The thing that impressed me the most was that this movie felt like a blending of the original movie and Michael Crichton’s brilliant novel. There’s a scene from the novel that I always liked, and previous movies have sort of sidestepped the ramifications of the scene, focusing instead on lessons on power and responsibility (which are also in the book). But I was pleased that that scene was finally given form in this latest sequel. It runs as follows (and don’t worry, there’s nothing in here that hasn’t been mentioned in the trailer):
(John Hammond is talking to Doctor Wu in this scene. I’ve edited it down a bit.)
“‘You said yourself, John, this park is entertainment,’ Wu said. “And entertainment has nothing to do with reality. Entertainment is antithetical to reality….The past is gone. It can never be re-created. What we’ve done is reconstruct the past–or at least make a version of the past. And I’m saying we can make a better version.’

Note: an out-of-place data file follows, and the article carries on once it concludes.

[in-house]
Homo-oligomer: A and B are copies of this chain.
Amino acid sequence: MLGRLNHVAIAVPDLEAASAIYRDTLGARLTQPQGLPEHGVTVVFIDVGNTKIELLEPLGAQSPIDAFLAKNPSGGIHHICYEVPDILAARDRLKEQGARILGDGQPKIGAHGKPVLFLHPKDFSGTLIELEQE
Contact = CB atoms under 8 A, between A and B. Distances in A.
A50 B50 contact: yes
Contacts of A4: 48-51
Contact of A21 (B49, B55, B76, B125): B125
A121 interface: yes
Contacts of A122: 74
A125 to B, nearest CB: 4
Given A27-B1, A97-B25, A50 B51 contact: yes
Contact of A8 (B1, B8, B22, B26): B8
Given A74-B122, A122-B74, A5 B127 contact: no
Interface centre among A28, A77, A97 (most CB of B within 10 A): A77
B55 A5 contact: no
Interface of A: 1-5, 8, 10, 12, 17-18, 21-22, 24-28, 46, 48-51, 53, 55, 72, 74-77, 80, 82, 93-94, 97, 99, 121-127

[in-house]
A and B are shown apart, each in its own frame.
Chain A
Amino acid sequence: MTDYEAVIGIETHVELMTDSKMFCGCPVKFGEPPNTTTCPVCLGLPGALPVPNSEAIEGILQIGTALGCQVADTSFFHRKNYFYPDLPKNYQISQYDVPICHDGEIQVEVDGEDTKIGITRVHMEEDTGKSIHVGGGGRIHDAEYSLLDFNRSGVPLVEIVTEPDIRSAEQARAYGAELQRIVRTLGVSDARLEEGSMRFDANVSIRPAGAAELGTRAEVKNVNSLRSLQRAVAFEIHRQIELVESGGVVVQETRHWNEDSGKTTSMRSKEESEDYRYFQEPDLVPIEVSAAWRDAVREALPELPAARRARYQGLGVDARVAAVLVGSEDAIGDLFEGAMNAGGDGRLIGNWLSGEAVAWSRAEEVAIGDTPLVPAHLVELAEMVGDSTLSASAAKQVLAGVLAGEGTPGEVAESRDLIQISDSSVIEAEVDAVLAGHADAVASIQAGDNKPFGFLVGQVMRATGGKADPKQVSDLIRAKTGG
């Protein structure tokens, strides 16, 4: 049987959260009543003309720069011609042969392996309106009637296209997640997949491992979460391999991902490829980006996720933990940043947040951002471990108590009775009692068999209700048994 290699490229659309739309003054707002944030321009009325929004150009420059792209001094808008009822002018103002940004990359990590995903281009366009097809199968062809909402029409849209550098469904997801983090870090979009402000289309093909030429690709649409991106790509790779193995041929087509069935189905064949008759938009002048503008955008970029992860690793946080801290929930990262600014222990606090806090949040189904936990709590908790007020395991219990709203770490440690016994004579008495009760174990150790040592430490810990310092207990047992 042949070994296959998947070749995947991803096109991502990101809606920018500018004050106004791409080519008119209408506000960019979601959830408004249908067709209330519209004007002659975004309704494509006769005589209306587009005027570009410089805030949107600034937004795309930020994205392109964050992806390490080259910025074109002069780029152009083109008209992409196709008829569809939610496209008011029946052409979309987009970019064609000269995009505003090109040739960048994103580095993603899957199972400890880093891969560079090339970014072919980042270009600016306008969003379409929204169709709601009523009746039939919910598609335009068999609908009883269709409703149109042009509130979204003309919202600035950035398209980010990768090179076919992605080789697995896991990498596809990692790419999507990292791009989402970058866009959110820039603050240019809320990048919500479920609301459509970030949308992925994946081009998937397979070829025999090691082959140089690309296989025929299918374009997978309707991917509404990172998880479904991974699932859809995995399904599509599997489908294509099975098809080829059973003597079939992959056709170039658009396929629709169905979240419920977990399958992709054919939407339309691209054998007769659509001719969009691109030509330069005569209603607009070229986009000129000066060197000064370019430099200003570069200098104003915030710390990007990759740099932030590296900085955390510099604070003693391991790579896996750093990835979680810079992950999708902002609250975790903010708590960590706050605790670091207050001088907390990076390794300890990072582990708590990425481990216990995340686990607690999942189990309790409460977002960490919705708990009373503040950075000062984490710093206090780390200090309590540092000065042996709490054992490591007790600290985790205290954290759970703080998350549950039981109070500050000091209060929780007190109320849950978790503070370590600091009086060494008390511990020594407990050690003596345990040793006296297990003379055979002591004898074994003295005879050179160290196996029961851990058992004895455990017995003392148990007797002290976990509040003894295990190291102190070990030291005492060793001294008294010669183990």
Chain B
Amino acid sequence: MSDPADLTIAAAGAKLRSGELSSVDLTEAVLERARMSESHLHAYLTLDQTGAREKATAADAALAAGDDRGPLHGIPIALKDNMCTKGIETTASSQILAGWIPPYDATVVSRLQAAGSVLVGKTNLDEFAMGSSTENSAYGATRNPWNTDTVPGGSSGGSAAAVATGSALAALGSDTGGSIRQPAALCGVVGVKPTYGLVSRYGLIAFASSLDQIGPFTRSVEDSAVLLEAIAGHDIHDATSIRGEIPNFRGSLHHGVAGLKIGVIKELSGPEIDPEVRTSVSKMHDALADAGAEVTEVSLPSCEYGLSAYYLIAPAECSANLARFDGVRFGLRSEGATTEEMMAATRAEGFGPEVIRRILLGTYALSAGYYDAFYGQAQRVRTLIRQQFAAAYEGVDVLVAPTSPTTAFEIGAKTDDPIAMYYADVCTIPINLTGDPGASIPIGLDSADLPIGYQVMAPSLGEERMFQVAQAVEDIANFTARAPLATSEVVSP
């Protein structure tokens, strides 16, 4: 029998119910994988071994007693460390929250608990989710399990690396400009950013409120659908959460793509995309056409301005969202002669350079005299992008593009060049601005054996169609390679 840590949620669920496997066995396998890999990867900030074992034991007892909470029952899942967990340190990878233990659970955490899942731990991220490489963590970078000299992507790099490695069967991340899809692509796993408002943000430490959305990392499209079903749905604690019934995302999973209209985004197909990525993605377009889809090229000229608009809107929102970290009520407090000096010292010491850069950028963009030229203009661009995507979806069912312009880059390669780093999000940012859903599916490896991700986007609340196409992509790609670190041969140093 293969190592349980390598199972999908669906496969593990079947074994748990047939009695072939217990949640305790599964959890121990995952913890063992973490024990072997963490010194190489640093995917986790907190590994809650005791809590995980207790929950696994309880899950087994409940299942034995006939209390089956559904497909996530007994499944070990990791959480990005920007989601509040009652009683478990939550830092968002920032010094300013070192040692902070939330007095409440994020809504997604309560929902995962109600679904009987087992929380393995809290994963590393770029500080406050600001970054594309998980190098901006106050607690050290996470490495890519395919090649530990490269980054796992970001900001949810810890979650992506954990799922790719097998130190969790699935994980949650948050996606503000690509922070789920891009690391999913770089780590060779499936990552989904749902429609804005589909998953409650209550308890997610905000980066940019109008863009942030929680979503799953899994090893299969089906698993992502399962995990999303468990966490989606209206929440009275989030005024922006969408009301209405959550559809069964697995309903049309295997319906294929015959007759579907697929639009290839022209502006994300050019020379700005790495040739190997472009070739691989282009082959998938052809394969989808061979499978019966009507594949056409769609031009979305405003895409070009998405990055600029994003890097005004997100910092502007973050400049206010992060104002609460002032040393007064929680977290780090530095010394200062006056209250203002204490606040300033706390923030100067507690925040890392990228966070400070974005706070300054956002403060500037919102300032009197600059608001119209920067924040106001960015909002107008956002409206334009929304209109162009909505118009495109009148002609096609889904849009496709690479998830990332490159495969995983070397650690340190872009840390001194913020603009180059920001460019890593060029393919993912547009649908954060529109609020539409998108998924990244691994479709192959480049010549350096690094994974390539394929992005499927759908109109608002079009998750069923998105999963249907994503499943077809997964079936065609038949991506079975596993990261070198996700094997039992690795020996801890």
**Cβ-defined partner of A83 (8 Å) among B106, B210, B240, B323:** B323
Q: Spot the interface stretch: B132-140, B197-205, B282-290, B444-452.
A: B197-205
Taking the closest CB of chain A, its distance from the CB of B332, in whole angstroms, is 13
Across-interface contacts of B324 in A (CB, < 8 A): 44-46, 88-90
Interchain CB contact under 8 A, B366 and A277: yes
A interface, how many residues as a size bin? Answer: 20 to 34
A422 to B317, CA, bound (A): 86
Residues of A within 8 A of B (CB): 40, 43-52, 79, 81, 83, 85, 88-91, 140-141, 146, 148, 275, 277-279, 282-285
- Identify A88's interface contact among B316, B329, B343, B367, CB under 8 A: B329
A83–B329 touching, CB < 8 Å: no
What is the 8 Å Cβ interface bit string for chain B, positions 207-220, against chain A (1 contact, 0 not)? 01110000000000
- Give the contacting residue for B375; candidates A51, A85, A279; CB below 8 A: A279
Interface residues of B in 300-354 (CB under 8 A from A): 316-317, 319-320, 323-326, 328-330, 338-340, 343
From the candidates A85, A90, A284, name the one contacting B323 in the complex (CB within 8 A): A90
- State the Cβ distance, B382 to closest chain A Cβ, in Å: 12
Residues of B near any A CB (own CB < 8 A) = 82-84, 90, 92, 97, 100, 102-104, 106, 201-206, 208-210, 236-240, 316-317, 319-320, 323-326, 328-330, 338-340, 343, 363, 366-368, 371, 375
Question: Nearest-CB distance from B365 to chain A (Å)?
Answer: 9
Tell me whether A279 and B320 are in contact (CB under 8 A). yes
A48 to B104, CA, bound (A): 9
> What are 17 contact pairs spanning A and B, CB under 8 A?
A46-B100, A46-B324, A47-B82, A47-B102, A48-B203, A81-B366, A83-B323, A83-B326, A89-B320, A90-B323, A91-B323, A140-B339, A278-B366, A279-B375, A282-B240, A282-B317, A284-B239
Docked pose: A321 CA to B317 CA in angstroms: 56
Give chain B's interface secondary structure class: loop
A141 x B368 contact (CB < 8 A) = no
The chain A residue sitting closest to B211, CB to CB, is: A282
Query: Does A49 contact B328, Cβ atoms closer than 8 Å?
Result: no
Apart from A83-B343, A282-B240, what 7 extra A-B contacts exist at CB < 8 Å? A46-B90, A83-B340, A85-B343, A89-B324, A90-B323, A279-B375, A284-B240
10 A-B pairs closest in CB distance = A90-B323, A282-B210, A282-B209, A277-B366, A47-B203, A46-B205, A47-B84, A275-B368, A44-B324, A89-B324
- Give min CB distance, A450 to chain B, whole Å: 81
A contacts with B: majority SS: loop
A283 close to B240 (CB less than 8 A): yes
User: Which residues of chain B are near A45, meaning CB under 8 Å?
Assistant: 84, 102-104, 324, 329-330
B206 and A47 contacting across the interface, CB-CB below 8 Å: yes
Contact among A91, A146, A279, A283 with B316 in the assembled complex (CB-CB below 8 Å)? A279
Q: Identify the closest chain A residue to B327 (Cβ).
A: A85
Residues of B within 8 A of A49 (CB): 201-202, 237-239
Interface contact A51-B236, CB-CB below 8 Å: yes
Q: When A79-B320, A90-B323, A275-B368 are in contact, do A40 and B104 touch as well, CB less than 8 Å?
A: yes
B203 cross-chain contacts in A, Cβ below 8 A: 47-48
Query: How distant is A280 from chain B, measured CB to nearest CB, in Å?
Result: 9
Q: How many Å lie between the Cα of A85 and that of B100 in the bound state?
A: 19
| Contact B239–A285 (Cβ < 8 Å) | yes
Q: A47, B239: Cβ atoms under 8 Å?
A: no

‘Better than real?’
‘Why not?’ Wu said….’Why not push ahead to make exactly the kind of dinosaur that we’d like to see? One that is more acceptable to visitors…” (pg. 121-22)
Now, in the scene, Wu is talking to Hammond about making more docile versions of the dinosaurs so that they can be more easily handled and can put on a better show for a paying public, but the concept of presenting what people want to see as opposed to presenting the actual reality of a dinosaur zoo is definitely something Crichton has addressed in his works. I think he would have been pleased.